Alvin Ailey
Every company has what is known as a "signature piece," that is, a work
which expresses something about the artistic direction and the spirit of the
company. For the Alvin Ailey Dance Theater that piece is Revelations.

Choreographed and set to traditional music, Revelations was first performed at
the Ninety-second Street YM-YWHA New York, NY., January 31, 1960. The lead
dancers were Joan Derby, Minnie Marhsall, Merle Derby, Dorene Richardson, Jay

Fletcher, Nathaniel Horne, and Herman Howell and the soloists were Nancy Redi
and Gene Hobgood. The music was performed by the Music Masters Guild Chorus of
the Harlem Branch YMCA under the direction of Frank Thomas. The piece as
originally performed consisted of danced portions and music interleudes grouped
under three broad headings, "Pilgrim of Sorrow," "That Love My Jesus Gives

Me," and "Move, Members, Move." The work was revised extensively a month
after its first performance and was again given at the Ninety-second Street

YM-YWHA. Revelations has been seen in every country that the company has toured
and has been universally acclaimed. Born in Rogers, Texas on January 5, 1931,

Alvin Ailey spent his formative years going to Sunday School and participating
in The Baptist Young People\'s Union. At age twelve, he moved to Los Angeles and,
on a junior high school class trip to the Ballet Russe de Monte Carlo, fell in
love with concert dance. Ailey began his formal dance training inspired by the
performances of the Katherine Dunham Dance Company and the classes with Lester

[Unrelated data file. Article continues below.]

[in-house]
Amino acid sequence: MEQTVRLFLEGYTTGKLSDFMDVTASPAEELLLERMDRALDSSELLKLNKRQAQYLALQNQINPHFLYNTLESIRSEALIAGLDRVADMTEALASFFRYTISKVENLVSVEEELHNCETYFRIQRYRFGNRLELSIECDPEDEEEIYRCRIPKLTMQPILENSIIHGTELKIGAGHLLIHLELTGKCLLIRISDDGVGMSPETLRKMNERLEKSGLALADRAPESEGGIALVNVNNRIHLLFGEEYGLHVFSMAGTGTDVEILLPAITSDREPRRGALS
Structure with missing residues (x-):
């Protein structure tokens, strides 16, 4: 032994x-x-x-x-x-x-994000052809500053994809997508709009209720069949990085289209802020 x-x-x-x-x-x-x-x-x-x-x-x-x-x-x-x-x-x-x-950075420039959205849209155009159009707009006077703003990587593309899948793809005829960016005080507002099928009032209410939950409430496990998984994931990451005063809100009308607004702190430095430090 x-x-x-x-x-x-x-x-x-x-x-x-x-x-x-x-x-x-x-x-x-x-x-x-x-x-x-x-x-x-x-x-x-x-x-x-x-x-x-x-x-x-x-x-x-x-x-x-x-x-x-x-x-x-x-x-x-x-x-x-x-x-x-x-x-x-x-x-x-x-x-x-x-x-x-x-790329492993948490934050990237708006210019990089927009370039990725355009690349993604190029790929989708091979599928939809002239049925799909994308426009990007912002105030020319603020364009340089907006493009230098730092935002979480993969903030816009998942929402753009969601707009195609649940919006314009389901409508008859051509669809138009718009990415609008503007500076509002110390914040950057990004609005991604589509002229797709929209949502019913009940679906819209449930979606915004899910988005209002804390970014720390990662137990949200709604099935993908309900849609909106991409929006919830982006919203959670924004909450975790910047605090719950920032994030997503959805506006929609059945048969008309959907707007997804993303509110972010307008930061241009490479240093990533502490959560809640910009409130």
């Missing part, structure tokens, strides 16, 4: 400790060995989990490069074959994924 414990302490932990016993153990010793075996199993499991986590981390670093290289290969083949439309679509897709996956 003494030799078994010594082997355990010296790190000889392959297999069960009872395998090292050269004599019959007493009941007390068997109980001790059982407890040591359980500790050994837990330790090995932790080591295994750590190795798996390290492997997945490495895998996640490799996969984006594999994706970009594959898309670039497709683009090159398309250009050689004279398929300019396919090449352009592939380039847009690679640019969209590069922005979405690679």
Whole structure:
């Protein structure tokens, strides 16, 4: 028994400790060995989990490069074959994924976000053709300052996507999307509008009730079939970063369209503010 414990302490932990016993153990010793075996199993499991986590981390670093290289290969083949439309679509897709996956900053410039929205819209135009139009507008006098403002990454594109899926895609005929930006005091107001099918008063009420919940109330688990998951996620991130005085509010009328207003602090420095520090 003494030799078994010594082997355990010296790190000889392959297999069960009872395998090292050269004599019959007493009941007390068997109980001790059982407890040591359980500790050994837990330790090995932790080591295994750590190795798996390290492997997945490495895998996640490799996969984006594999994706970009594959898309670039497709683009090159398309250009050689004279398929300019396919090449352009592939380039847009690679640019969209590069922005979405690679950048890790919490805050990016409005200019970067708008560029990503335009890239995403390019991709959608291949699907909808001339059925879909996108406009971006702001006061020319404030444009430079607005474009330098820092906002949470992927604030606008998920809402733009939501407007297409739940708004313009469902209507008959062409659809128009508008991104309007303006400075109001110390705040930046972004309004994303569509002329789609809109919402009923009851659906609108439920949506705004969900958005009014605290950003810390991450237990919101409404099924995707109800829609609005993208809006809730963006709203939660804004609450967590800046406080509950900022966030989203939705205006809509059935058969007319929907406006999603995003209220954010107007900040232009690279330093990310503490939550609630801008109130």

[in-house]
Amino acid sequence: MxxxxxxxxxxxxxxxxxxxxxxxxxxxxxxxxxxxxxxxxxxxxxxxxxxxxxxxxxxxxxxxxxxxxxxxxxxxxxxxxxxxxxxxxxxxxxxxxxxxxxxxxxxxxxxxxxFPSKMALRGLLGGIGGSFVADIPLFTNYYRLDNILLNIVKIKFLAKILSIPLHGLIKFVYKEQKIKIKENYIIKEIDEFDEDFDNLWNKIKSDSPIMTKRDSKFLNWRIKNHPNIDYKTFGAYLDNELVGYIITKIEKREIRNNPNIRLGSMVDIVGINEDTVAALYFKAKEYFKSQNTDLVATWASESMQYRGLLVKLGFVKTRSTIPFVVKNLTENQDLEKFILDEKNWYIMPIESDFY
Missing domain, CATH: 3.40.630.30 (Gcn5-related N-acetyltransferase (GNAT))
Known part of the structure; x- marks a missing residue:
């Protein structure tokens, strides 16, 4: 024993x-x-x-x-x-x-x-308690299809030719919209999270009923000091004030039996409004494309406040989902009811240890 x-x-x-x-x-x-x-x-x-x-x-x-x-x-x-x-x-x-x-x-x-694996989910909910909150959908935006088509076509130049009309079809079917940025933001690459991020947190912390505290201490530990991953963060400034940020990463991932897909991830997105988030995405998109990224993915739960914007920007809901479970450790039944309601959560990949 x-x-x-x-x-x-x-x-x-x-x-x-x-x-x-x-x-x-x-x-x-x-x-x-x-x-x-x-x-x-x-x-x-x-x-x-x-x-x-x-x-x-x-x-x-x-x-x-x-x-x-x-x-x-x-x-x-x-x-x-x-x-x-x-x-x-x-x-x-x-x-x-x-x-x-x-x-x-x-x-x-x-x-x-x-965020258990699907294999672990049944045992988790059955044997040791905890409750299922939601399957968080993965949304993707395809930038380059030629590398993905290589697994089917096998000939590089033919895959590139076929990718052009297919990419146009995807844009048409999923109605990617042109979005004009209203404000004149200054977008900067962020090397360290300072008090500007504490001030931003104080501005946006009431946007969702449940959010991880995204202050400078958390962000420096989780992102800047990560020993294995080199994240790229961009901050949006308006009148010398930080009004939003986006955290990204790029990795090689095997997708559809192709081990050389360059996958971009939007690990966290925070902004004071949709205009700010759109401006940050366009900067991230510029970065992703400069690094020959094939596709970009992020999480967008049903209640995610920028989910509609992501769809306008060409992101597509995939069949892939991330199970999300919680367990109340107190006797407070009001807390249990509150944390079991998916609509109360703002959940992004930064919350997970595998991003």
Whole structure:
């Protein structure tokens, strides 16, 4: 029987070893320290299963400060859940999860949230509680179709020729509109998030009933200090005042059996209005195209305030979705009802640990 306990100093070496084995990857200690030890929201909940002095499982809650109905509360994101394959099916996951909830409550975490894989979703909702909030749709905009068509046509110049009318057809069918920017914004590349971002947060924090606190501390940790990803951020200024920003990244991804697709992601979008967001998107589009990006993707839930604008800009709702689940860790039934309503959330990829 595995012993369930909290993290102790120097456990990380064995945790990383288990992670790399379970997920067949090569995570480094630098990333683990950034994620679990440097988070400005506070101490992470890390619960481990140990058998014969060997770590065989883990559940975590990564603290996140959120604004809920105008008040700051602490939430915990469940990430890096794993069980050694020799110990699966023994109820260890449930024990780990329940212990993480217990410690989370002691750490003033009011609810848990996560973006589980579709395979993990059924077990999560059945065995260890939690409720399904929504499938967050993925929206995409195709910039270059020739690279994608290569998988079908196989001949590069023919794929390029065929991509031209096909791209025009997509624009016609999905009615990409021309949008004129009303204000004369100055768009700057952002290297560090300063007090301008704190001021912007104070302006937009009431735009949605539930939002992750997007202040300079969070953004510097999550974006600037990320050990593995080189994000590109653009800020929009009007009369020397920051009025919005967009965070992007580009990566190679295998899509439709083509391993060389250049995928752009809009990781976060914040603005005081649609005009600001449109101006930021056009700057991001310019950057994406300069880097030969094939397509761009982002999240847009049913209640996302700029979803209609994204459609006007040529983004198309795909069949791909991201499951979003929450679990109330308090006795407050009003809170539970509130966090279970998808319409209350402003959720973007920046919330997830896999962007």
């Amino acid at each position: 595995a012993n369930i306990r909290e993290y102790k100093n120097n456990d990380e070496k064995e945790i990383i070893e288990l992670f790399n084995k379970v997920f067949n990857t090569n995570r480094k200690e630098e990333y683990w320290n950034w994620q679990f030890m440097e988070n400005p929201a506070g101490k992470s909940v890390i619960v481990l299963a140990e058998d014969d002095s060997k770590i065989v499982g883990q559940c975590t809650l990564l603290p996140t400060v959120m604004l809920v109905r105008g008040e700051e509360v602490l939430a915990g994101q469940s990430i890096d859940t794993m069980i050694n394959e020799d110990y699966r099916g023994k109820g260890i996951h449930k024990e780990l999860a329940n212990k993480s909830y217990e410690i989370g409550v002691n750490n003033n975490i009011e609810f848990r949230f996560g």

Horton that his friend, Carmen de Lavallade, urged him to take. Horton, the
founder of the first racially integrated dance company in the US, was a catalyst
for Ailey as the young dancer embarked on his professional career. After

Horton\'s death in 1953, Ailey became the director of the Lester Horton Dance

Theater and began to choreograph his own works. In New York, Ailey studied with
many outstanding dance artists, including Martha Graham, Doris Humphrey, Charles

Weidman, Hanya Holm and Karel Shook, and took acting classes with Stella Adler.

A versatile performer, Ailey won a number of acting roles while continuing to
choreograph and dance professionally. In 1958, Ailey founded his own company,
the Alvin Ailey American Dance Theater. During the Company\'s first decade, Ailey
created approximately twenty new ballets, among them Hermit Songs and

Reflections in D. These were followed by The River, The Lark Ascending, Love

Songs and many others. Although he created some seventy-nine ballets, Ailey
maintained that the Company was not a repository for his work exclusively. The

Company\'s varied repertory includes works by dance pioneers as well as emerging,
young choreographers. The Company in its forty-year history has performed more
than 180 works by sixty-seven choreographers. Since its inception, the Alvin

Ailey American Dance Theater has performed for an estimated 19,000,000 people in
forty-eight states, sixty-eight countries and on six continents.Another
component of Ailey\'s commitment to education has been the Company\'s
long-standing involvement in arts-in-education programs, including free
performances, mini-performances, lecture/demonstrations, workshops and master
classes in communities in the US and throughout the world. Ailey died on

December 1, 1989 - and with his death, American dance lost one of its most
luminous stars. Judith Jamison is now the Artistic Director of the Alvin Ailey

American Dance Theater.